The global gold industry, and by extension the mining industry, so far stands out as the utmost beneficiary of the COVID-19 global crisis, General Secretary of Ghana Mineworkers’ Union (GMWU), Abdul-Moomon Gbana has observed.
He said unlike other sectors which have been heavily hit since outbreak of the pandemic, gold since the beginning of last year has seen an unprecedented break-through in its price – as it soared above two thousand US dollars an ounce (US$2,000/oz) toward the tail-end of last year, and has maintained relative stability since the beginning of this year.
The onset of the global COVID-19 pandemic has made gold’s relevance as a hedge even more apparent and accelerated its price performance.
“Following the colossal gains most mining companies made last year and the positive outlook demonstrated this year, we expect that mining companies will take strategic advantage of the price boom – and by extension increased margins from last year – to invest in modern infrastructure and expand existing ones,” Gbana reiterated.
This, the GMWU believes, is a substantial step toward the creation of decent and sustainable jobs, extending the life-of-mine for companies, increasing the sector’s contribution to the national purse through taxation and other statutory payments; as well as uplifting livelihoods of mining communities and modernizing the current deplorable mining community infrastructure.
In a speech read on his behalf by Jerry Andoh, Deputy General Secretary-GMWU at the National Executive Council (NEC) meeting in Tarkwa, Mr. Gbana observed that the GRA and by extension the Ministry of Finance has not only consistently delayed the release of the Mineral Development Fund (MDF) contribution, but also reduced the quantum because of application of the Earmarked Funds Capping and Realignment Act 2017 (Act 947).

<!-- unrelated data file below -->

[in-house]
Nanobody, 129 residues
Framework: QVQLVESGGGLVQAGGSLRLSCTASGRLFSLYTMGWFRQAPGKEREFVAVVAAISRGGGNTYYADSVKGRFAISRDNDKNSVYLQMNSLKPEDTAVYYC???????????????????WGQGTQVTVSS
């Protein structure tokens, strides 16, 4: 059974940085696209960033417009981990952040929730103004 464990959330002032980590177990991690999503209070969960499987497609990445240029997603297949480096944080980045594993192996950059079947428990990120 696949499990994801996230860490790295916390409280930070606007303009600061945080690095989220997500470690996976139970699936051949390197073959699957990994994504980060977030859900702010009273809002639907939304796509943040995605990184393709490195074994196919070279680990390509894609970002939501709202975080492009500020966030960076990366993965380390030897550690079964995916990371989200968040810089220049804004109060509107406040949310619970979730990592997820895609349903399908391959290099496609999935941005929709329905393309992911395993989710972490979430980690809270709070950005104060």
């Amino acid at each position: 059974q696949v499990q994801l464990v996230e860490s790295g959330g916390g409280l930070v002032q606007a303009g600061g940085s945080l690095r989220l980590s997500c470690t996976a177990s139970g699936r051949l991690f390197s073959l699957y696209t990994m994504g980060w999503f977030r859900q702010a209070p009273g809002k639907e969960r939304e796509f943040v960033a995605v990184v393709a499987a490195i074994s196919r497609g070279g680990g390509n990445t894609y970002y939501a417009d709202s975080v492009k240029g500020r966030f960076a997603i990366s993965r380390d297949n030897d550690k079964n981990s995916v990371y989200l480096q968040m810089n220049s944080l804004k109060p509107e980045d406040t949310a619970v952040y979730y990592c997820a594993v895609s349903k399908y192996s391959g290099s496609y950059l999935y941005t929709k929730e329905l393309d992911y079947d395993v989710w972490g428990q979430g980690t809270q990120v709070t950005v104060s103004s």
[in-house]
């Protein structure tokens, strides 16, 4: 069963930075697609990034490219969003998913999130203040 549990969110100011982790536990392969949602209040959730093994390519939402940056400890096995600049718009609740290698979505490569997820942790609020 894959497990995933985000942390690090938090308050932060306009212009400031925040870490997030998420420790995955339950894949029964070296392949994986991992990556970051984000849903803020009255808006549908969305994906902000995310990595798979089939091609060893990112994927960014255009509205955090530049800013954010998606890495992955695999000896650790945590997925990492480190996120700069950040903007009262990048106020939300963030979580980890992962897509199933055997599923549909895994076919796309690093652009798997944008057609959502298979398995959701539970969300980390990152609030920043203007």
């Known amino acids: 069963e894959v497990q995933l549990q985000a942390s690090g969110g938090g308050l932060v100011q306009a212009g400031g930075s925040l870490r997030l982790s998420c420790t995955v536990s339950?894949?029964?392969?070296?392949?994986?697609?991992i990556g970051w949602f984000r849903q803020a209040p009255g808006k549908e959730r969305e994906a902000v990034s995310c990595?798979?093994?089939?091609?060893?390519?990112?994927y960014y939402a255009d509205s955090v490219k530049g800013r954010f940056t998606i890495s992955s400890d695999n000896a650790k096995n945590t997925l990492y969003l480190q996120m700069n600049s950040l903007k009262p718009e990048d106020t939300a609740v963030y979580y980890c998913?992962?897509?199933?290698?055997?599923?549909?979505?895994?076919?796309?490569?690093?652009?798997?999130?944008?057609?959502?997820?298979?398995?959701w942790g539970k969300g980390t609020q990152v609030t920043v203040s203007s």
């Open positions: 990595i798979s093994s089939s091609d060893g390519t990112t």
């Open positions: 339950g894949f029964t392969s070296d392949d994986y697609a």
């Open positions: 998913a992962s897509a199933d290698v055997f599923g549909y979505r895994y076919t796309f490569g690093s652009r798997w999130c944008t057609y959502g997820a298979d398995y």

He noted that with this lopsided sharing model for the country’s mineral royalties, infrastructural development efforts of mining communities can never be achieved if nothing drastic is done about the current sharing model.
“Consequently, we renew our call for the current 20 percent share of annual mineral royalties allocated to the Mineral Development Fund to be increased to at least 50%.
“In addition, we expect that 50% of the revised 50% allocation to the MDF must go directly into mining community development, if indeed we are committed to the transformation of mining communities as was envisioned in the Mineral Development Fund Act,” he added.
The security situation within mining communities and mining companies in particular continues to be a major worry for the Union and many of its constituents, as the race for sanitization of the illegal mining space under the “Government Operation Halt Programme” rages on.
“This positive programme has however forced many of those displaced illegal miners into invading legally acquired mining concessions, which often times results in serious clashes with our valued members; thus putting them in harm’s way.”
For example, recently, two valued members in Protea Coin – Robert Coffie and Joshua Oppong – were attacked and shot, which led to Joshua losing one eye while Robert sustained multiple injuries at the Newmont Ahafo site.
Similarly, at the same Newmont Ahafo site, Daniel Owusu Sekyere and Matthew Nsoah – both members of the Union – were attacked with guns and cutlasses, which led to Daniel sustaining multiple fractures to one leg while Matthew sustained several cutlass wounds to the head.
“The Union is therefore happy to associate itself with government’s plan to roll-out a National Alternative Employment and Livelihood Programme for illegal small-scale miners affected by the activities of Operation Halt II – except to state that this initiative could be counterproductive if the jobs that are created out of this programme are not decent and sustainable.”
The Union also urges government through the Ministry of Lands and Natural Resources to take immediate steps to provide complementary security for these mining companies, and by extension the sector.
National Chairman-GMWU, Mensah Kwarko Gyarkari, observed that miners have been cheated for far too long, particularly with regard to roads leading to the mines. He cited the Tarkwa station down to Takoradi and said: “One wonders whether Tarkwa has five mines situated there”.
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